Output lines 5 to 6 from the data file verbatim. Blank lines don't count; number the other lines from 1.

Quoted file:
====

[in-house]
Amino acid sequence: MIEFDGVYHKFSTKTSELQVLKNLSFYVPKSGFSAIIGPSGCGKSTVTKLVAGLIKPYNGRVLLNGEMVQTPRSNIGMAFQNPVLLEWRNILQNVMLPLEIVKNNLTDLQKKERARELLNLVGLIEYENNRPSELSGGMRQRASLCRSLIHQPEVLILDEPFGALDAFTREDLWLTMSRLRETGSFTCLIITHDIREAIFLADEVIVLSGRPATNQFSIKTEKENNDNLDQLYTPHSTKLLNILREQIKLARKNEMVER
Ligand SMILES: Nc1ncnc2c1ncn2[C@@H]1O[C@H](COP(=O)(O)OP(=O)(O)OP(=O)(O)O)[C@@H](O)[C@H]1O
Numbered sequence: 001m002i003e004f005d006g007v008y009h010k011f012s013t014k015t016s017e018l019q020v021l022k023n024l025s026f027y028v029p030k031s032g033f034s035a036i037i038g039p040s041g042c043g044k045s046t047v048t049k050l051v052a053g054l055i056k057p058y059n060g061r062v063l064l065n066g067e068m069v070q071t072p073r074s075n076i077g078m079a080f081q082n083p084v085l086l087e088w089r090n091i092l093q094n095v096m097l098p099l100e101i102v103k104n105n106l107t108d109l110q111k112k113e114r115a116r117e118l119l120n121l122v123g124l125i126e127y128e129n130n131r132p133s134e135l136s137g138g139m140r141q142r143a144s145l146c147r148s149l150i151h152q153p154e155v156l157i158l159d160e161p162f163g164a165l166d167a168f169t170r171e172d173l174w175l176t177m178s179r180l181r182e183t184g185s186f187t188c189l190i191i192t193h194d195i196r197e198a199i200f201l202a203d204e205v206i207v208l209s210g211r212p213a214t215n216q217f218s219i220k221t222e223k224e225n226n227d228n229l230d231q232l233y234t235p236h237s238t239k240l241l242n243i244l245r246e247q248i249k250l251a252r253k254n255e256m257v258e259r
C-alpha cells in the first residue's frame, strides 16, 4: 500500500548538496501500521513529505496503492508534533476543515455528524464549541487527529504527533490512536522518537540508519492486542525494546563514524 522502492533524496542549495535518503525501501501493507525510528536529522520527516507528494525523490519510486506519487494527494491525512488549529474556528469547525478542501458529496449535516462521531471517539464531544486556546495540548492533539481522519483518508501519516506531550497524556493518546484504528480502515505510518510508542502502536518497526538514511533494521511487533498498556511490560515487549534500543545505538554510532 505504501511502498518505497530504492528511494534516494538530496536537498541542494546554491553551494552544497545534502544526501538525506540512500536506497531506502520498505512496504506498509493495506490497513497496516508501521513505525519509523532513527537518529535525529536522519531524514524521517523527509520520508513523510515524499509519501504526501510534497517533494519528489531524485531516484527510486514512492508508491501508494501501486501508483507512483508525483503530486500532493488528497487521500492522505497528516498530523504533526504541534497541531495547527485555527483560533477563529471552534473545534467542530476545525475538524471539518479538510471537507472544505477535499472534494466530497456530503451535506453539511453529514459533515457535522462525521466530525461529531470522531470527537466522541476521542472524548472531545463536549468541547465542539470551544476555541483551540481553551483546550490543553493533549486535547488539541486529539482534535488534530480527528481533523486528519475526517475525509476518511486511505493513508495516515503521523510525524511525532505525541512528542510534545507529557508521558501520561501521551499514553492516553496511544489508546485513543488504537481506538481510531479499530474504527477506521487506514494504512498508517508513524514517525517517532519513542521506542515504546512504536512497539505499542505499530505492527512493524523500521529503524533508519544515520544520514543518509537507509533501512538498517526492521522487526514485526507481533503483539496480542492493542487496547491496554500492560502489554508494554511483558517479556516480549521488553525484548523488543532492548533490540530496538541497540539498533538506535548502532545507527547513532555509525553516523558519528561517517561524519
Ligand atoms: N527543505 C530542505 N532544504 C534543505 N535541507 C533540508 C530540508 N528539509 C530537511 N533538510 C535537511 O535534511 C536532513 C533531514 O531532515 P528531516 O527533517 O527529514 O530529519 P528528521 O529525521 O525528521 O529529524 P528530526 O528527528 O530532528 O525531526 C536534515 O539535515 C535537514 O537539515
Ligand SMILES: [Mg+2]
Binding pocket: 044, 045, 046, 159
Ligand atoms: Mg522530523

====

C-alpha cells in the first residue's frame, strides 16, 4: 500500500548538496501500521513529505496503492508534533476543515455528524464549541487527529504527533490512536522518537540508519492486542525494546563514524 522502492533524496542549495535518503525501501501493507525510528536529522520527516507528494525523490519510486506519487494527494491525512488549529474556528469547525478542501458529496449535516462521531471517539464531544486556546495540548492533539481522519483518508501519516506531550497524556493518546484504528480502515505510518510508542502502536518497526538514511533494521511487533498498556511490560515487549534500543545505538554510532 505504501511502498518505497530504492528511494534516494538530496536537498541542494546554491553551494552544497545534502544526501538525506540512500536506497531506502520498505512496504506498509493495506490497513497496516508501521513505525519509523532513527537518529535525529536522519531524514524521517523527509520520508513523510515524499509519501504526501510534497517533494519528489531524485531516484527510486514512492508508491501508494501501486501508483507512483508525483503530486500532493488528497487521500492522505497528516498530523504533526504541534497541531495547527485555527483560533477563529471552534473545534467542530476545525475538524471539518479538510471537507472544505477535499472534494466530497456530503451535506453539511453529514459533515457535522462525521466530525461529531470522531470527537466522541476521542472524548472531545463536549468541547465542539470551544476555541483551540481553551483546550490543553493533549486535547488539541486529539482534535488534530480527528481533523486528519475526517475525509476518511486511505493513508495516515503521523510525524511525532505525541512528542510534545507529557508521558501520561501521551499514553492516553496511544489508546485513543488504537481506538481510531479499530474504527477506521487506514494504512498508517508513524514517525517517532519513542521506542515504546512504536512497539505499542505499530505492527512493524523500521529503524533508519544515520544520514543518509537507509533501512538498517526492521522487526514485526507481533503483539496480542492493542487496547491496554500492560502489554508494554511483558517479556516480549521488553525484548523488543532492548533490540530496538541497540539498533538506535548502532545507527547513532555509525553516523558519528561517517561524519
Ligand atoms: N527543505 C530542505 N532544504 C534543505 N535541507 C533540508 C530540508 N528539509 C530537511 N533538510 C535537511 O535534511 C536532513 C533531514 O531532515 P528531516 O527533517 O527529514 O530529519 P528528521 O529525521 O525528521 O529529524 P528530526 O528527528 O530532528 O525531526 C536534515 O539535515 C535537514 O537539515